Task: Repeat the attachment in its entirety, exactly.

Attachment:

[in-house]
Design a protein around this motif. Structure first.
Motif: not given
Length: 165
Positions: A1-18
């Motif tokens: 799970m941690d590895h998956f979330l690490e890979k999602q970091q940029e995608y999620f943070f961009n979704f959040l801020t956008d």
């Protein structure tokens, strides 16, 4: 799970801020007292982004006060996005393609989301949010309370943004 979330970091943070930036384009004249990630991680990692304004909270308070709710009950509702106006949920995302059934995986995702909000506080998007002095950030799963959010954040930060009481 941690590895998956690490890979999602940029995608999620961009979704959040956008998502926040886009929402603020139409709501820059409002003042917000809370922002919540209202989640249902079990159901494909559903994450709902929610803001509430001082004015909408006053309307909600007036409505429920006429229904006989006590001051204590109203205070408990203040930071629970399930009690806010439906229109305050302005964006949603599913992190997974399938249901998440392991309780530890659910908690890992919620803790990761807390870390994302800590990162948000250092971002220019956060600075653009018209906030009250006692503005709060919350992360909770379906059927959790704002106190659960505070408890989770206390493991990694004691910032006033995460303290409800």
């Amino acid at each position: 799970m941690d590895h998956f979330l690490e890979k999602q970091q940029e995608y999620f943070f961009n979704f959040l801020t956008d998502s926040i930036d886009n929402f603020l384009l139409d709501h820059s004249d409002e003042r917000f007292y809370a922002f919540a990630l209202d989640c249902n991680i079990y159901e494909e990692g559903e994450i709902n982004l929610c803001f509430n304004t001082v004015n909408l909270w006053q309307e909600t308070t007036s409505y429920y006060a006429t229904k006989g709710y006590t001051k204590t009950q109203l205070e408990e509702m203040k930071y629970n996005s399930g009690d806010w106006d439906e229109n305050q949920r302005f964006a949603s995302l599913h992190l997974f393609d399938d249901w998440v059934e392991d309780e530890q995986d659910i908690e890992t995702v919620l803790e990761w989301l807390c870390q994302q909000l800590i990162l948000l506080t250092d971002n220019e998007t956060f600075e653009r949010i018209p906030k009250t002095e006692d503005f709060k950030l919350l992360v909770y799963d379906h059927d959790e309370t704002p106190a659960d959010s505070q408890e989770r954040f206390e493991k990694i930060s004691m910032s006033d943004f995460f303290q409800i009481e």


[in-house]
Design a protein around this motif. Structure first.
Motif: not given
Length: 165
Positions: A1-18
């Motif tokens: 799970m941690d590895h998956f979330l690490e890979k999602q970091q940029e995608y999620f943070f961009n979704f959040l801020t956008d």
């Protein structure tokens, strides 16, 4: 799970801020007292982004006060996005393609989301949010309370943004 979330970091943070930036384009004249990630991680990692304004909270308070709710009950509702106006949920995302059934995986995702909000506080998007002095950030799963959010954040930060009481 941690590895998956690490890979999602940029995608999620961009979704959040956008998502926040886009929402603020139409709501820059409002003042917000809370922002919540209202989640249902079990159901494909559903994450709902929610803001509430001082004015909408006053309307909600007036409505429920006429229904006989006590001051204590109203205070408990203040930071629970399930009690806010439906229109305050302005964006949603599913992190997974399938249901998440392991309780530890659910908690890992919620803790990761807390870390994302800590990162948000250092971002220019956060600075653009018209906030009250006692503005709060919350992360909770379906059927959790704002106190659960505070408890989770206390493991990694004691910032006033995460303290409800």
């Amino acid at each position: 799970m941690d590895h998956f979330l690490e890979k999602q970091q940029e995608y999620f943070f961009n979704f959040l801020t956008d998502s926040i930036d886009n929402f603020l384009l139409d709501h820059s004249d409002e003042r917000f007292y809370a922002f919540a990630l209202d989640c249902n991680i079990y159901e494909e990692g559903e994450i709902n982004l929610c803001f509430n304004t001082v004015n909408l909270w006053q309307e909600t308070t007036s409505y429920y006060a006429t229904k006989g709710y006590t001051k204590t009950q109203l205070e408990e509702m203040k930071y629970n996005s399930g009690d806010w106006d439906e229109n305050q949920r302005f964006a949603s995302l599913h992190l997974f393609d399938d249901w998440v059934e392991d309780e530890q995986d659910i908690e890992t995702v919620l803790e990761w989301l807390c870390q994302q909000l800590i990162l948000l506080t250092d971002n220019e998007t956060f600075e653009r949010i018209p906030k009250t002095e006692d503005f709060k950030l919350l992360v909770y799963d379906h059927d959790e309370t704002p106190a659960d959010s505070q408890e989770r954040f206390e493991k990694i930060s004691m910032s006033d943004f995460f303290q409800i009481e």